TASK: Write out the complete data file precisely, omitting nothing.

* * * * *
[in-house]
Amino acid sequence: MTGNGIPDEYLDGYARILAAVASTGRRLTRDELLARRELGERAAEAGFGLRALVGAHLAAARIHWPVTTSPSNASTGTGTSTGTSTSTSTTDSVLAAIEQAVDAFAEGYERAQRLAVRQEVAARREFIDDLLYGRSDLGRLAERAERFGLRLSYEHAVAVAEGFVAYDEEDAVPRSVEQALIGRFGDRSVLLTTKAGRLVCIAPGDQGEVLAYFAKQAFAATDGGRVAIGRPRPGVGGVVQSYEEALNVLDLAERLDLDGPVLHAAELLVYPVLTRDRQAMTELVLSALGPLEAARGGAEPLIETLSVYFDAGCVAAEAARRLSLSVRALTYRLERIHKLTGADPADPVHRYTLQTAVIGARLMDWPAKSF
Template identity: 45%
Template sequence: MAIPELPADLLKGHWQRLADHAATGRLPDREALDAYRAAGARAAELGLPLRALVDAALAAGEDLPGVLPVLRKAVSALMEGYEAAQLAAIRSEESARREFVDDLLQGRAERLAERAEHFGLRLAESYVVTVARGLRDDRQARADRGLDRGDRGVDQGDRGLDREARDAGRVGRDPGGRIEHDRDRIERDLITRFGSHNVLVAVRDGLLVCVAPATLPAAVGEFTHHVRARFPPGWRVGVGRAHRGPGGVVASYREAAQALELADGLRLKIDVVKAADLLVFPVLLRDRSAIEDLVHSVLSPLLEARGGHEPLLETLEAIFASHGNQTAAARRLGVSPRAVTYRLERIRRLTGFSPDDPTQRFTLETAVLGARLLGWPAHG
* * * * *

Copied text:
[in-house]
Amino acid sequence: MTGNGIPDEYLDGYARILAAVASTGRRLTRDELLARRELGERAAEAGFGLRALVGAHLAAARIHWPVTTSPSNASTGTGTSTGTSTSTSTTDSVLAAIEQAVDAFAEGYERAQRLAVRQEVAARREFIDDLLYGRSDLGRLAERAERFGLRLSYEHAVAVAEGFVAYDEEDAVPRSVEQALIGRFGDRSVLLTTKAGRLVCIAPGDQGEVLAYFAKQAFAATDGGRVAIGRPRPGVGGVVQSYEEALNVLDLAERLDLDGPVLHAAELLVYPVLTRDRQAMTELVLSALGPLEAARGGAEPLIETLSVYFDAGCVAAEAARRLSLSVRALTYRLERIHKLTGADPADPVHRYTLQTAVIGARLMDWPAKSF
Template identity: 45%
Template sequence: MAIPELPADLLKGHWQRLADHAATGRLPDREALDAYRAAGARAAELGLPLRALVDAALAAGEDLPGVLPVLRKAVSALMEGYEAAQLAAIRSEESARREFVDDLLQGRAERLAERAEHFGLRLAESYVVTVARGLRDDRQARADRGLDRGDRGVDQGDRGLDREARDAGRVGRDPGGRIEHDRDRIERDLITRFGSHNVLVAVRDGLLVCVAPATLPAAVGEFTHHVRARFPPGWRVGVGRAHRGPGGVVASYREAAQALELADGLRLKIDVVKAADLLVFPVLLRDRSAIEDLVHSVLSPLLEARGGHEPLLETLEAIFASHGNQTAAARRLGVSPRAVTYRLERIRRLTGFSPDDPTQRFTLETAVLGARLLGWPAHG